Salt Lake's growth was mainly attributed to the ease (in those days) with which residents could travel to and from downtown Honolulu and Waikīkī, where many worked. Salt Lake's main street is Salt Lake Boulevard, running the length of the community, from Moanalua High School to Aloha Stadium, connecting Puuloa Road (State Route 66) and Kamehameha Highway (State Route 99). Its major arteries are Ala Ilima Street, Likini Street, Ala Lilikoi Street and Ala Napunani Street. Most of Salt Lake's residential streets are named after native flora and fauna. For example, the ‘ilima is the official flower of the City & County of Honolulu.[citation needed]

Highways and freeways passing close by Salt Lake include the Queen Lili'uokalani Freeway (no exits or entrances), Moanalua Freeway (Exit 2 – Ala Napunani; Exit 3 – Puuloa Road), and Nimitz Highway (State Rte. 92).

Military[edit]

Salt Lake is almost surrounded by military installations. Nearby Fort Shafter is the headquarters of the United States Army Pacific. Hickam Air Force Base is headquarters of the United States Pacific Air Forces. Pearl Harbor is headquarters of the United States Pacific Fleet. United States Pacific Command is to the north of Salt Lake at Camp H. M. Smith. Tripler Army Medical Center, visible on the heights to the northeast, is the principal U.S. military medical facility for Asia and the Pacific Basin.[citation needed] Coast Artillery Battery Tiernon, which mounted 2 X 3" guns, was located at Salt Lake for the protection of Pearl Harbor.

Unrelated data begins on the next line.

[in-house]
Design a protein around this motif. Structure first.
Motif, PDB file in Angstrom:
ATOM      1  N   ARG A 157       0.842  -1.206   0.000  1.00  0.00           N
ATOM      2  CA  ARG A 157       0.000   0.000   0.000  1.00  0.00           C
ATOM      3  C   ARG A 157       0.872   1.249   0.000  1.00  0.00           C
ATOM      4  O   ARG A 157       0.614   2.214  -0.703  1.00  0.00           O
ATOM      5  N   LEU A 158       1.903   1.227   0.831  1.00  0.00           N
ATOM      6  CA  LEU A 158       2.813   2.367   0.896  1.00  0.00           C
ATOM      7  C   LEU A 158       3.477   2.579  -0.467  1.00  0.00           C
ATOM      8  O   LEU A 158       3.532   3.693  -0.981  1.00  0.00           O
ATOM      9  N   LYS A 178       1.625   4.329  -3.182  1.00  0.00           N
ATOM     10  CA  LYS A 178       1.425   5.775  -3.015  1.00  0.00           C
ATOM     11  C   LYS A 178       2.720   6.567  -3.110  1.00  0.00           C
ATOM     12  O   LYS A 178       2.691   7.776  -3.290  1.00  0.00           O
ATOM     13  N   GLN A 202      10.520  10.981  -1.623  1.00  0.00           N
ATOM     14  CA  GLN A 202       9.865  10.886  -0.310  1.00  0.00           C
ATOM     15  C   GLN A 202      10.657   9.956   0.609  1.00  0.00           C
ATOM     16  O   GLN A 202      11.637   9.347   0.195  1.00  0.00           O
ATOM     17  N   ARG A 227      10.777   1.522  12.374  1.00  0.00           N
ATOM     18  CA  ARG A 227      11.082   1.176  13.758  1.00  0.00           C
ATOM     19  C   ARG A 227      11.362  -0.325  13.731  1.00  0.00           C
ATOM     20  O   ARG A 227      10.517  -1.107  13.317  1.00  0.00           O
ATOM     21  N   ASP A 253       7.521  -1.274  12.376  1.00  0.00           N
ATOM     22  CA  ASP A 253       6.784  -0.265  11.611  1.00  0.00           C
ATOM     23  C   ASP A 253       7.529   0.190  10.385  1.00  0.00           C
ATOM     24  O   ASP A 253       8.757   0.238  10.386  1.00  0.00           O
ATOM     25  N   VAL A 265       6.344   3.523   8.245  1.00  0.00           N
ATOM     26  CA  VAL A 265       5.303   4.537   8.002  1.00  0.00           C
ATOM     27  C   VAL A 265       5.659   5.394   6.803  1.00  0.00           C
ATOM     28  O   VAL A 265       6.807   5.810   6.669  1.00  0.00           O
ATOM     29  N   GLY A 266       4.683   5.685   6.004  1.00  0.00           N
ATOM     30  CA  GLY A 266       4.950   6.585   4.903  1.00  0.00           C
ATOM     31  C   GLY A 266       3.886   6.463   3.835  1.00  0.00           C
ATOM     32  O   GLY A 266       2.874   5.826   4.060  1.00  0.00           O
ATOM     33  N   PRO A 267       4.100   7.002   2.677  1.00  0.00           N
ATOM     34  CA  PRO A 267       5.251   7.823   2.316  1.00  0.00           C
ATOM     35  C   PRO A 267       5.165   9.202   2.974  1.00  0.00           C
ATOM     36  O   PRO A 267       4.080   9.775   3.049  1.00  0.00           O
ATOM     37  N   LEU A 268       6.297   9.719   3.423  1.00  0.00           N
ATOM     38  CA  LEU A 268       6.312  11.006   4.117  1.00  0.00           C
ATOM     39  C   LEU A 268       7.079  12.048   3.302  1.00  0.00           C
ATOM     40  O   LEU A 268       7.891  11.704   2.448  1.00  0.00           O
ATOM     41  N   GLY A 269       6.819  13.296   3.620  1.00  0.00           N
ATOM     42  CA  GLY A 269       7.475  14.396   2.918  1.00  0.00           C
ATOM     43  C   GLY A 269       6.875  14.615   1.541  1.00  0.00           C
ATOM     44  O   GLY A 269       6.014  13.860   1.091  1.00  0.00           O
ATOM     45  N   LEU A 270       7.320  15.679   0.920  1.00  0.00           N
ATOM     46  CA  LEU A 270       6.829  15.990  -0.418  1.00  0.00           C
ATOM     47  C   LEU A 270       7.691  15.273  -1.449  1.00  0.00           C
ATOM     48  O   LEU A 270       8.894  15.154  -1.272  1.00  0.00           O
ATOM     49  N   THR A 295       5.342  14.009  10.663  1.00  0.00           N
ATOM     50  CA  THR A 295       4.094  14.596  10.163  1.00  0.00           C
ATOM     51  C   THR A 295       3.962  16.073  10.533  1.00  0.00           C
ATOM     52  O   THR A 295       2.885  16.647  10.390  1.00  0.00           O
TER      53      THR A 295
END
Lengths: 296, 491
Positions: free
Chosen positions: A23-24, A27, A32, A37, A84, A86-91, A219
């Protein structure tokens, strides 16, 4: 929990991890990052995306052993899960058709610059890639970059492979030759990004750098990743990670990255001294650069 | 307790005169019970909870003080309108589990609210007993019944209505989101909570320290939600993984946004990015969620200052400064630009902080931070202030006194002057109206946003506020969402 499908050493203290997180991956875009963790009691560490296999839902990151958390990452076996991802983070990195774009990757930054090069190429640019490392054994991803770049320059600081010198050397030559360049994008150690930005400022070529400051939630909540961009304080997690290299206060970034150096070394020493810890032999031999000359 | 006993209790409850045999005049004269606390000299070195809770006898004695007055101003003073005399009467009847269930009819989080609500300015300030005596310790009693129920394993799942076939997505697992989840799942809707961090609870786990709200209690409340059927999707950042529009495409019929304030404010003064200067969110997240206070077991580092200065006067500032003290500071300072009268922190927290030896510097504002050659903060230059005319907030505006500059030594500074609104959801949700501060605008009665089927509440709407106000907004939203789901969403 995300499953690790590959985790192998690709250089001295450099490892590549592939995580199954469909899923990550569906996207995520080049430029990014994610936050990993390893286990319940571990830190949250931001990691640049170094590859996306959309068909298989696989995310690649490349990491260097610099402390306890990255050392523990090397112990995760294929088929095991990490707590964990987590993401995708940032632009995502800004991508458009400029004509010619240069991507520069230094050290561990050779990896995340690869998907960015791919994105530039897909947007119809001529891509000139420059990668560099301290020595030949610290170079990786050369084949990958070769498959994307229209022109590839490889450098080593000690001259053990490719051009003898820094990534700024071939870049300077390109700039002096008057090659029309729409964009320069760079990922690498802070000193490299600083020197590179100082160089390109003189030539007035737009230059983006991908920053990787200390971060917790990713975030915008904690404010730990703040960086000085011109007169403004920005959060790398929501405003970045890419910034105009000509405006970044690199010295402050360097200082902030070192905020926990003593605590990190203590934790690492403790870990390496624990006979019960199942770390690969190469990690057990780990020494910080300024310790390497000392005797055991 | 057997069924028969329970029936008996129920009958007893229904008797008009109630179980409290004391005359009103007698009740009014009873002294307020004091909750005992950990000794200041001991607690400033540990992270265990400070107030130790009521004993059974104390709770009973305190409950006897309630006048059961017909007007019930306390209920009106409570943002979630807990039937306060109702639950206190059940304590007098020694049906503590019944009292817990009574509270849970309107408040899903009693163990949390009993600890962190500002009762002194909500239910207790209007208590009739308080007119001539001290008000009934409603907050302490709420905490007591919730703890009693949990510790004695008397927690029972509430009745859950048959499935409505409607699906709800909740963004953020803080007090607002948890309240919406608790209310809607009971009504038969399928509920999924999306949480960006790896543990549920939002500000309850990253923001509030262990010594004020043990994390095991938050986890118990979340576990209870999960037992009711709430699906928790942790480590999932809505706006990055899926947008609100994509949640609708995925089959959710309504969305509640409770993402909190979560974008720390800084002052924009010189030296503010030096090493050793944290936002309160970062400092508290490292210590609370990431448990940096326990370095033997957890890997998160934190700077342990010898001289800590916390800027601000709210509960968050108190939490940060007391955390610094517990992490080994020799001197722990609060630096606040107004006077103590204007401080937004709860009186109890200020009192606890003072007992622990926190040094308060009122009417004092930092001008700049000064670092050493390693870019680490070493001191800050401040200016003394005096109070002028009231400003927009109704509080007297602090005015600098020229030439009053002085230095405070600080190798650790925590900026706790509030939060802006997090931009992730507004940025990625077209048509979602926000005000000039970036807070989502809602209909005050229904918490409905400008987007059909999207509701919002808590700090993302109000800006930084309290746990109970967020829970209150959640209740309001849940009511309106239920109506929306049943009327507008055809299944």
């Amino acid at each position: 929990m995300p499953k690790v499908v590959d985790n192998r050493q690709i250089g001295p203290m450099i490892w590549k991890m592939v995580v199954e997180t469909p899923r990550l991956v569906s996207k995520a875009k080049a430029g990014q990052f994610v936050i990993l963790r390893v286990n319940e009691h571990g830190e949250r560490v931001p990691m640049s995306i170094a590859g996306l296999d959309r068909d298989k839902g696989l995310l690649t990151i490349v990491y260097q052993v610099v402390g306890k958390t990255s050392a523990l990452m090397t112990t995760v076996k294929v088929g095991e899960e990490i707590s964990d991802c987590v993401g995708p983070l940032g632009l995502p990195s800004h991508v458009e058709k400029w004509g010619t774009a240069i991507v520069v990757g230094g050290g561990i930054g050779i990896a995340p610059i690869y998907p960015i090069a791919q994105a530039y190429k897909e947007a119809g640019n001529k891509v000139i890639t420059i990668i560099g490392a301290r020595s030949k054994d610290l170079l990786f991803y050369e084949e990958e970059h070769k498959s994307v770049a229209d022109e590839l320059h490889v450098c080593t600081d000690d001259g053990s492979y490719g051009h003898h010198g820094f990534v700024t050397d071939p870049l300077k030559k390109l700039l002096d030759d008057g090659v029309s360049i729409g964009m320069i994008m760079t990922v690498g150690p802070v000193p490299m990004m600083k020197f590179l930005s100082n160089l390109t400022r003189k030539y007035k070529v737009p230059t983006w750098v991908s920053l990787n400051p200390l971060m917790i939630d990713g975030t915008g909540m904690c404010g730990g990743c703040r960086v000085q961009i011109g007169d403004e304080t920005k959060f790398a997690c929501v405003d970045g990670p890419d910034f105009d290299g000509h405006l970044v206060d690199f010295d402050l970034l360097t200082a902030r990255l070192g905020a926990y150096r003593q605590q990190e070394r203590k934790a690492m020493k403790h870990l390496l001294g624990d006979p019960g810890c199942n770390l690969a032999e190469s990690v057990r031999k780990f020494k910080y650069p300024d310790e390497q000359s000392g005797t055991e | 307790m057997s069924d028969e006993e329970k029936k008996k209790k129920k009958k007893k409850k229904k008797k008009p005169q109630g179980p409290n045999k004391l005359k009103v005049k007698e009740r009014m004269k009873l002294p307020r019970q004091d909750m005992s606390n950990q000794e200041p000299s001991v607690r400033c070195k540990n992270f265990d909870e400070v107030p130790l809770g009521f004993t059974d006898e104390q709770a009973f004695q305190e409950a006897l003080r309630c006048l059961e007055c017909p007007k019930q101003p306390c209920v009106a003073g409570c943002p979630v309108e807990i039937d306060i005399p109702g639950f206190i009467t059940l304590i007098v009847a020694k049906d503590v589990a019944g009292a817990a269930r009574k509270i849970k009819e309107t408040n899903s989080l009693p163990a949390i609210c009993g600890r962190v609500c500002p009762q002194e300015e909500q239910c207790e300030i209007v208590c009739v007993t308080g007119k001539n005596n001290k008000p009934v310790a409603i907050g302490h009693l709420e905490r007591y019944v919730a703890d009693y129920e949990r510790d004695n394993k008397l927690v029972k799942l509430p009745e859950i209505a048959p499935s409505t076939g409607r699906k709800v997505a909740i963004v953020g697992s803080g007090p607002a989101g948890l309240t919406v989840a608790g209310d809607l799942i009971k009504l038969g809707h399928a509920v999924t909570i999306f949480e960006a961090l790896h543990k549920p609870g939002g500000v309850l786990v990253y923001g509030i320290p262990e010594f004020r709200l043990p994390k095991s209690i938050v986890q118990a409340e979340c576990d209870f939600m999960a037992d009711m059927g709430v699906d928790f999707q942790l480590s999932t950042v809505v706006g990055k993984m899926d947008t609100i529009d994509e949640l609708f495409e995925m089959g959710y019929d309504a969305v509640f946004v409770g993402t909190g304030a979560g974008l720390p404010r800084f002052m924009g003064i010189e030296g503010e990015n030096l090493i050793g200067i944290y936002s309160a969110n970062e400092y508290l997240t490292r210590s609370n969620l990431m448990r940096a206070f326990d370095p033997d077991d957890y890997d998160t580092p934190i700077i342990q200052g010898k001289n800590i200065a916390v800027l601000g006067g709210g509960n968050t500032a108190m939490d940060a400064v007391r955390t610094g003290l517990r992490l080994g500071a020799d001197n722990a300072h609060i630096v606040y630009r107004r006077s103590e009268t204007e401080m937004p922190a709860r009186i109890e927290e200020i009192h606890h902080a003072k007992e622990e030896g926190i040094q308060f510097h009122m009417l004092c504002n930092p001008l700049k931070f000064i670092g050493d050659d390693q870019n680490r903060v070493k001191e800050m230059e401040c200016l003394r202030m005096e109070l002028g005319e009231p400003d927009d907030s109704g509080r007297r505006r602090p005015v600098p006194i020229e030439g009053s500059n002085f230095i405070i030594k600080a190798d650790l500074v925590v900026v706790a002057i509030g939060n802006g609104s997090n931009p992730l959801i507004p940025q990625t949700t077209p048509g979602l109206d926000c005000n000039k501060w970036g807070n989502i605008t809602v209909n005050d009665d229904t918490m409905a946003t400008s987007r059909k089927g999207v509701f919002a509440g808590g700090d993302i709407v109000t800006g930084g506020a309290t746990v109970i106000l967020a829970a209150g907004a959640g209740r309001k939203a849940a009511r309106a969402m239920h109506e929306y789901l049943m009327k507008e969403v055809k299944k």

Airport[edit]

Although not regarded as part of Salt Lake, the Honolulu International Airport is very close, just to the south. The area surrounding the airport is often referred to as the airport district, a commercial and retail region built up along Nimitz Highway. Located there are office buildings, the main United States Postal Service center in the state, and Ke'ehi Lagoon.

Community[edit]

A 2003 special feature of the Honolulu Star-Bulletin classified Salt Lake as affluent upper-middle class with equal distribution of European Americans and second and third generations of Filipino Americans and Japanese Americans. Korean American families have also been making their presence known most recently. There are under 30,000 people living in Salt Lake. Based on surveys compiled by the University of Hawaii, residents are composed of mostly Honolulu professionals and military officers choosing to live off base. The neighborhood community is home to the families of officers and enlisted servicemen from the Air Force, Army, Coast Guard and Navy.[citation needed]

According to the 2000 report of the United States Census Bureau, Salt Lake ranked eighth of all the neighborhood communities in Hawai‘i in terms of median annual household income. It ranked second in median home values, then $ 875,000. Waikīkī was highest.[citation needed]

Education[edit]